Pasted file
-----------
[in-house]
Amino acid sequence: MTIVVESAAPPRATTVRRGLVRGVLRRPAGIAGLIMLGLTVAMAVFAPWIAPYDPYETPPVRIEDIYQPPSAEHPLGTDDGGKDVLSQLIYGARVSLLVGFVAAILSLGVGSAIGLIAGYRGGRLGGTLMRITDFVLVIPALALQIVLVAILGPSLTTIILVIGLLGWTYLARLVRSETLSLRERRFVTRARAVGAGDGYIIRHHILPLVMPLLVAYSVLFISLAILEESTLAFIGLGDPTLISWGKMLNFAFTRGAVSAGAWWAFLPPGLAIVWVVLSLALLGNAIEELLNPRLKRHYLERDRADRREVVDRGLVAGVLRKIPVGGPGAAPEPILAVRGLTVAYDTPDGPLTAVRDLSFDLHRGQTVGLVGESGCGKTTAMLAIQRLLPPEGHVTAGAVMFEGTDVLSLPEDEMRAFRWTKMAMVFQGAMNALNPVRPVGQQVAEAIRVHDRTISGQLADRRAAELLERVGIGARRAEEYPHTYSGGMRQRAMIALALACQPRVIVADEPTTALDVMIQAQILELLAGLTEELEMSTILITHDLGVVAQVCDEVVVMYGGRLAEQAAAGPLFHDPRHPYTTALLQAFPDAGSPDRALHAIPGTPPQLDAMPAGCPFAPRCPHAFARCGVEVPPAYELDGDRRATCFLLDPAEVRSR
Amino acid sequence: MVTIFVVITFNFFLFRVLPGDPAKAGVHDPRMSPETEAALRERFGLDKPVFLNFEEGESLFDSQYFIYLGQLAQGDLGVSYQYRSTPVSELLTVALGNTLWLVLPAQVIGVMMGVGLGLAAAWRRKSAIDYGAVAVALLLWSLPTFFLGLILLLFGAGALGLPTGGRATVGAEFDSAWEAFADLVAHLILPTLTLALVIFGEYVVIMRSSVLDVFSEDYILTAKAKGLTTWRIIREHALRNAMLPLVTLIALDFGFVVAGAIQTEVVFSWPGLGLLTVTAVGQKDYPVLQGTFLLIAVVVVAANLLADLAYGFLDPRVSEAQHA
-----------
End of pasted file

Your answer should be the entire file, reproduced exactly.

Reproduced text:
[in-house]
Amino acid sequence: MTIVVESAAPPRATTVRRGLVRGVLRRPAGIAGLIMLGLTVAMAVFAPWIAPYDPYETPPVRIEDIYQPPSAEHPLGTDDGGKDVLSQLIYGARVSLLVGFVAAILSLGVGSAIGLIAGYRGGRLGGTLMRITDFVLVIPALALQIVLVAILGPSLTTIILVIGLLGWTYLARLVRSETLSLRERRFVTRARAVGAGDGYIIRHHILPLVMPLLVAYSVLFISLAILEESTLAFIGLGDPTLISWGKMLNFAFTRGAVSAGAWWAFLPPGLAIVWVVLSLALLGNAIEELLNPRLKRHYLERDRADRREVVDRGLVAGVLRKIPVGGPGAAPEPILAVRGLTVAYDTPDGPLTAVRDLSFDLHRGQTVGLVGESGCGKTTAMLAIQRLLPPEGHVTAGAVMFEGTDVLSLPEDEMRAFRWTKMAMVFQGAMNALNPVRPVGQQVAEAIRVHDRTISGQLADRRAAELLERVGIGARRAEEYPHTYSGGMRQRAMIALALACQPRVIVADEPTTALDVMIQAQILELLAGLTEELEMSTILITHDLGVVAQVCDEVVVMYGGRLAEQAAAGPLFHDPRHPYTTALLQAFPDAGSPDRALHAIPGTPPQLDAMPAGCPFAPRCPHAFARCGVEVPPAYELDGDRRATCFLLDPAEVRSR
Amino acid sequence: MVTIFVVITFNFFLFRVLPGDPAKAGVHDPRMSPETEAALRERFGLDKPVFLNFEEGESLFDSQYFIYLGQLAQGDLGVSYQYRSTPVSELLTVALGNTLWLVLPAQVIGVMMGVGLGLAAAWRRKSAIDYGAVAVALLLWSLPTFFLGLILLLFGAGALGLPTGGRATVGAEFDSAWEAFADLVAHLILPTLTLALVIFGEYVVIMRSSVLDVFSEDYILTAKAKGLTTWRIIREHALRNAMLPLVTLIALDFGFVVAGAIQTEVVFSWPGLGLLTVTAVGQKDYPVLQGTFLLIAVVVVAANLLADLAYGFLDPRVSEAQHA